Configuring Altera FLEX10KE using EPC2 device

Hello there

I'm having serious problems configuring my FPGA using EPC2. We have designed the circuit exactly as stated in the Altera datasheet and even played around with the pullups and buffering that's recommended. To be more specific, We have a board with a FLEX10KE (EPF10K200SBC356-1) and a EPC2LC20 for in-system configuration. We also have provided for direct Byteblaster configuration using a connector (using the same path towards the FPGA and selecting between them through enabling/disabling a buffer). Finally, we have a JTAG connector by which we can configure the FPGA directly using the SOF file generated by Quartus - pls read below. Anyway, what we're seeing is: The EPC2 gets progammed OK but then the problems start. When I turn the system off and on again to initiate configuration the nCONFIG pin comes out of reset and so does nSTATUS but only for a very small amount of time. During this time DCLK goes enabled and DATA transfers configuration data, as normally. Then nSTATUS goes low again and the configuration is interrupted as you would expect. There is nothing in the circuit that could pull this pin low - it is a point to point connection between FPGA and EPC2. It seems however that the EPC2 goes back on reset state hence pulling its OE pin low. From that point onwards these signals are going crazy, ie they randomly go high or low so the FPGA never gets configured. Tried using external pullups whilst disabling the internal ones through Quartus, but there was no change. One last point is that so far I've been configuring the FPGA through a direct JTAG connection using the SOF file - this works fine. Does this perhaps confuse the device, ie how does it know whether it should be programmed through JTAG or EPC2. Do I need to set something there? Finally, I'm using the POF file to program the EPC2 - I'm assuming this is correct?? Please give me some feedback because I'm really stuck with this. Any tips would be much welcome. Thanks in advance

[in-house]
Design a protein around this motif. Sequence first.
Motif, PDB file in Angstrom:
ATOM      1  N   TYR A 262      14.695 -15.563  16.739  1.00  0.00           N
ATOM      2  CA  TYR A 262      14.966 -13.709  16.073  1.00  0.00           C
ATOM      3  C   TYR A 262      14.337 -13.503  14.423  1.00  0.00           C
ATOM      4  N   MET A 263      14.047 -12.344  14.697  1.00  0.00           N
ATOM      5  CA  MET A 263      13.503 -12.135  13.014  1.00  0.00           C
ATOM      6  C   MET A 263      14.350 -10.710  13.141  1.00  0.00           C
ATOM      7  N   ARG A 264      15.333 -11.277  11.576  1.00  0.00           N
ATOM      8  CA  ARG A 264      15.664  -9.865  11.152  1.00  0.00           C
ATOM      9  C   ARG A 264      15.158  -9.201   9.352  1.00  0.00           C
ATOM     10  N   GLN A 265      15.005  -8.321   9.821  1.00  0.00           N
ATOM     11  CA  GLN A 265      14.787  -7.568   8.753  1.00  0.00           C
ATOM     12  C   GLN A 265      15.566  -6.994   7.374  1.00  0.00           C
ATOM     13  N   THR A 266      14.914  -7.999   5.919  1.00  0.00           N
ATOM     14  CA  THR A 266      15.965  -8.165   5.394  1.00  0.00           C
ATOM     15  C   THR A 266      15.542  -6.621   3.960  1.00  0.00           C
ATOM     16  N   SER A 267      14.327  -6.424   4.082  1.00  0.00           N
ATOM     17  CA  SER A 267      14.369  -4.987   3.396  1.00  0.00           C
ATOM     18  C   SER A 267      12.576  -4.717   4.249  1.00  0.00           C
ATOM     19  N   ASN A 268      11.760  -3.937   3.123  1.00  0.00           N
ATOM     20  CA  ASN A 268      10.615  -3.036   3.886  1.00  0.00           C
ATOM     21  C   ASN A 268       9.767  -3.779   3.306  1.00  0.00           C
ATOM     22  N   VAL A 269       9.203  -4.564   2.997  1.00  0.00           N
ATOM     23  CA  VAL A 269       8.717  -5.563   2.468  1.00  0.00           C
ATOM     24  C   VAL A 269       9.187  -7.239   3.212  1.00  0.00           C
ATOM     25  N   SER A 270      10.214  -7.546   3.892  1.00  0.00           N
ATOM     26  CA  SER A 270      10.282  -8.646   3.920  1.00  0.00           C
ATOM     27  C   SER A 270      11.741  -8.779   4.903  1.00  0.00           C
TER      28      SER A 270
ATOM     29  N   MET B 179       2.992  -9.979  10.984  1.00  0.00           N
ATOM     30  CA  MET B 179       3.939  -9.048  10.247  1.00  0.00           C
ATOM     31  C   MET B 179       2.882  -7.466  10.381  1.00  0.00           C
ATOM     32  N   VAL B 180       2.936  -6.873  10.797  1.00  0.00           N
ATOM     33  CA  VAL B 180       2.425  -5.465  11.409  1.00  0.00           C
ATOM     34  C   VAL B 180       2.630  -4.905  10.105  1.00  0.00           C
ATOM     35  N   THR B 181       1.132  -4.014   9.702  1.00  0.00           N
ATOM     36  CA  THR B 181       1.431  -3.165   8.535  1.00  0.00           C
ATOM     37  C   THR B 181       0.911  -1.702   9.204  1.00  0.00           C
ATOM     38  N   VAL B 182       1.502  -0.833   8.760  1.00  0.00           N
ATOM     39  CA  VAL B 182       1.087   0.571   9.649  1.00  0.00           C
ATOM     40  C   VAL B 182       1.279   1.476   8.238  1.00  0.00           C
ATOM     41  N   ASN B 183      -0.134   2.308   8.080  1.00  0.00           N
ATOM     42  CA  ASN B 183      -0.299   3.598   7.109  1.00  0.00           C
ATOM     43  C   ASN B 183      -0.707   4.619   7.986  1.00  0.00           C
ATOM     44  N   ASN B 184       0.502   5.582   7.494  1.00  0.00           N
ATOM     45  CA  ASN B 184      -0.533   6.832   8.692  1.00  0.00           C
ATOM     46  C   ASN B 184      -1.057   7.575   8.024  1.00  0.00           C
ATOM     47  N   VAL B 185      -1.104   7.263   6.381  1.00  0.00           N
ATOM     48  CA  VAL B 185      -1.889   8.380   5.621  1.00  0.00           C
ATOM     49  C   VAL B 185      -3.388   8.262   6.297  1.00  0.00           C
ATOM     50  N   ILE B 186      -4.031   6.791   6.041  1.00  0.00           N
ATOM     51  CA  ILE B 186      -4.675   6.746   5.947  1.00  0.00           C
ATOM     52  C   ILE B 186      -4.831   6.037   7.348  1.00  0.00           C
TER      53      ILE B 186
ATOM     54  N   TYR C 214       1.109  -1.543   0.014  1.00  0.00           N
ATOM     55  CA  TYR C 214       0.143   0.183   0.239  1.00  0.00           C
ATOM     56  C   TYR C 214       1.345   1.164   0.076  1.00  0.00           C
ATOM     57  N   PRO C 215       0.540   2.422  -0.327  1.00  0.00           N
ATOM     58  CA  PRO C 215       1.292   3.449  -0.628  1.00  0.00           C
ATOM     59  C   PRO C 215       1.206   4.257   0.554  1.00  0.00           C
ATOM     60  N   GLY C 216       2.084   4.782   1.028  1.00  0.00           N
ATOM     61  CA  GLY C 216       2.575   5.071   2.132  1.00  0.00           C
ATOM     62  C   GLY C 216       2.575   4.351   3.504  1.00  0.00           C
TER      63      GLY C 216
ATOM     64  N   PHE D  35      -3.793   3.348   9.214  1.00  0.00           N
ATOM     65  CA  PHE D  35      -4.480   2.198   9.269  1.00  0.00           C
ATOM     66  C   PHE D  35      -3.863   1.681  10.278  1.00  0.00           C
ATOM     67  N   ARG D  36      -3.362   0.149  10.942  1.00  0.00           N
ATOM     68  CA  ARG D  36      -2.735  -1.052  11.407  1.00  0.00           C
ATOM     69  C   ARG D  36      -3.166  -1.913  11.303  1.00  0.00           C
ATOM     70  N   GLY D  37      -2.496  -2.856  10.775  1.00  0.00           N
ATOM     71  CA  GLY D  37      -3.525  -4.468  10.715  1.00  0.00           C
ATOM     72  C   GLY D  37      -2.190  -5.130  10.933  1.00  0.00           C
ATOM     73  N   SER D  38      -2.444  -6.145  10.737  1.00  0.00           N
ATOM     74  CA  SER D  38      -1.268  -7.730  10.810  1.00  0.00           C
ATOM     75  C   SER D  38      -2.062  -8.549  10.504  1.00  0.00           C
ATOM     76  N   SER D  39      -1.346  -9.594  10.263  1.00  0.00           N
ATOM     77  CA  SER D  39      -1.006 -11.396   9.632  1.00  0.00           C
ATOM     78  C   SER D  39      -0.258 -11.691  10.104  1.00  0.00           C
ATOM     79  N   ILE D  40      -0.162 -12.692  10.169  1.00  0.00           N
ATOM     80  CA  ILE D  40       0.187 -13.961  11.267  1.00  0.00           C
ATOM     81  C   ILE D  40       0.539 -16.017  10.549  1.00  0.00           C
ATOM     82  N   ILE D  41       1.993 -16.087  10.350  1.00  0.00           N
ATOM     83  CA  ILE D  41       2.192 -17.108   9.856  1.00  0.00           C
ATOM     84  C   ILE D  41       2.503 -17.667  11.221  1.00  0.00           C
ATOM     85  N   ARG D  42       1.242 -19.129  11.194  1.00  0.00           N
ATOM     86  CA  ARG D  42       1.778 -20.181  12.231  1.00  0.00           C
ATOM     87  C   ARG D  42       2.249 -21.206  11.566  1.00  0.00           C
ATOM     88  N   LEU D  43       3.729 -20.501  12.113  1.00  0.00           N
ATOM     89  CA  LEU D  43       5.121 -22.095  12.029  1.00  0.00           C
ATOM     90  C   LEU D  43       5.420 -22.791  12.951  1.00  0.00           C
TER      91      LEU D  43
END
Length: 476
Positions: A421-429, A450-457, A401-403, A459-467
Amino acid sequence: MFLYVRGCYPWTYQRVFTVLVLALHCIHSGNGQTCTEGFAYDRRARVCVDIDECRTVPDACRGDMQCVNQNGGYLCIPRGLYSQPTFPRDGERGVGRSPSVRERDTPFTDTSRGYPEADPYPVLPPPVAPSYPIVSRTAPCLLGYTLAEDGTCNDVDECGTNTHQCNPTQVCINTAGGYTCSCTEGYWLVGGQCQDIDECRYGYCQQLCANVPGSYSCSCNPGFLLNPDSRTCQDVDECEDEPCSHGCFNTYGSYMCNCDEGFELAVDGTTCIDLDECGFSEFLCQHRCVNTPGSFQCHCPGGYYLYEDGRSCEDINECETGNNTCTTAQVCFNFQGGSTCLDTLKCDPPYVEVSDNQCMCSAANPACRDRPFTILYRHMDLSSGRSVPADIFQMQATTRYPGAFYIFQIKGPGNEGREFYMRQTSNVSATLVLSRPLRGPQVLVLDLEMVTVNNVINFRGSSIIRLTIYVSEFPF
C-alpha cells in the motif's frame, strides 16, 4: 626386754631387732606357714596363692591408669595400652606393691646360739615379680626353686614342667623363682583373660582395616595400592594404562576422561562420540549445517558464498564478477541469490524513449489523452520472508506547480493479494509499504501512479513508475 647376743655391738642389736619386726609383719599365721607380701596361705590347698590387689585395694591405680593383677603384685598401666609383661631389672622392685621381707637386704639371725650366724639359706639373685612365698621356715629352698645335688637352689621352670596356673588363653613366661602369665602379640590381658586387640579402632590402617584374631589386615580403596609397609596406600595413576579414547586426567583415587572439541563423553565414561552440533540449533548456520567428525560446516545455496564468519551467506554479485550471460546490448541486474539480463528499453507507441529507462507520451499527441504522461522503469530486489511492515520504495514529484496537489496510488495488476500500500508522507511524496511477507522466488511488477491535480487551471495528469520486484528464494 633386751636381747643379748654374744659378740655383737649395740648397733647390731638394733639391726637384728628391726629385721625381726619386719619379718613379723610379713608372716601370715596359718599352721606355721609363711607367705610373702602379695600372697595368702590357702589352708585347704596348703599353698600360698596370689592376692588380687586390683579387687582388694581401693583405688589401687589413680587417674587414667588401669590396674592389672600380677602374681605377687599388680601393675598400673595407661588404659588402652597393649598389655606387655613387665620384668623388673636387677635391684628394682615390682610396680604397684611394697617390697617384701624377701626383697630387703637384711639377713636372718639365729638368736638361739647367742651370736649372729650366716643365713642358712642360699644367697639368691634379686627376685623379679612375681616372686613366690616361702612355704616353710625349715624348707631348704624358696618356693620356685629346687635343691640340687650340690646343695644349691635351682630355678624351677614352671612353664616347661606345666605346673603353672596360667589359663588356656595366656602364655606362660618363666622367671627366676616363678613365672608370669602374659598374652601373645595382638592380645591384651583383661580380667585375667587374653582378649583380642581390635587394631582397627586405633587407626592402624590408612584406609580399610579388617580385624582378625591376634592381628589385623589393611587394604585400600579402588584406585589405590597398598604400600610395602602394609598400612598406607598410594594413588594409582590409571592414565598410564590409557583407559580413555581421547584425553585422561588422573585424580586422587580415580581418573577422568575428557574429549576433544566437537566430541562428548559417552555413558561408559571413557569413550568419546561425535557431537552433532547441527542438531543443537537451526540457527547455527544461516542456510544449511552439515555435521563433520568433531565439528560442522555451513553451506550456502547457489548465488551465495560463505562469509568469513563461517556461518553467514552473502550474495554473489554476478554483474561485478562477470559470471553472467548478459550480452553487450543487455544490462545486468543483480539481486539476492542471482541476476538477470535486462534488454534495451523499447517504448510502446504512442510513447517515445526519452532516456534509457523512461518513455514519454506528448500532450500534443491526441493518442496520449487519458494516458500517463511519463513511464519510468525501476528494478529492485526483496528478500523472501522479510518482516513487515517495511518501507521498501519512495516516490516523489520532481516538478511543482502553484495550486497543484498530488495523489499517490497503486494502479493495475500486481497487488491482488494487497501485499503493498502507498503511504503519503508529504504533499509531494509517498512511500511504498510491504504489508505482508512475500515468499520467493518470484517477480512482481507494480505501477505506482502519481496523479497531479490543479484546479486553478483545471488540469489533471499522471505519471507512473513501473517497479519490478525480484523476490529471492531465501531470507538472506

Reply to
Dimitris Kontodimopoulos
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is your setup able to program both, FPGA and EPC2 through JTAG ?

Yes, a pullup on TMS, TDI and a pulldown on TCK. AN116 shows all that nicely. Yes, SOF for the RAM, POF for the EEPROM parts. The pullup and pulldown make the control lines to have the right state such that the FPGA is loaded from the EPC2 at powerup.

Then the reportfile *.rpt gives an assumed pin useage, especially for those pin you did not use. I also recently learnt that there may not be any open inputs on certain families.


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Reply to
Rene Tschaggelar

Hi Dimitris,

Generally, when nSTATUS goes low, it is because the FPGA has seen corrupted data. It knows this because each frame of data has a checksum, so if the frame is corrupted the computed and transmitted checksum don't match. The most common cause of corrupted data is double-clocking on DCLK. So the first thing I suggest is to monitor DCLK, as close as possible to the device. You are in a BGA, so the best would be to probe under the board. If you have noise on DCLK, this can show up as double clocking. Your buffer may have fast drivers, and that's not always good - an unterminated line driven by a fast-switching driver can exhibit ringing which will cause clocking problems.

Another possibility is that the connection through the buffer is causing a problem with the DCLK vs DATA timing. This is unlikely but possible - imagine that DCLK is shifted vs DATA, then the tSU and tH may not be met. So you can check that as well.

For the specific question about JTAG: you select which configuration mode you want by setting the MSEL pins. The JTAG config works for any valid combination of MSEL pins. When the FPGA sees the JTAG "config" instruction coming in on TDI and TCK it then starts to configure by JTAG. You probably have the MSEL pins set correctly since configuration begins correctly - but it's worth a check.

Altera has developed a Configuration Troubleshooter to help debug configuration issues. It's on

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I encourage you to give it a try, as this can solve most configuration issues, and it's open 24/7!

Sincerely, Greg Steinke Altera Corporation

Reply to
Greg Steinke

HI there.

Did you look at power supply. During configuration the FPGA draws a lot of power ( can be > 500Ma!!). If PSU can not deliver this, you have aconfiguration problem.


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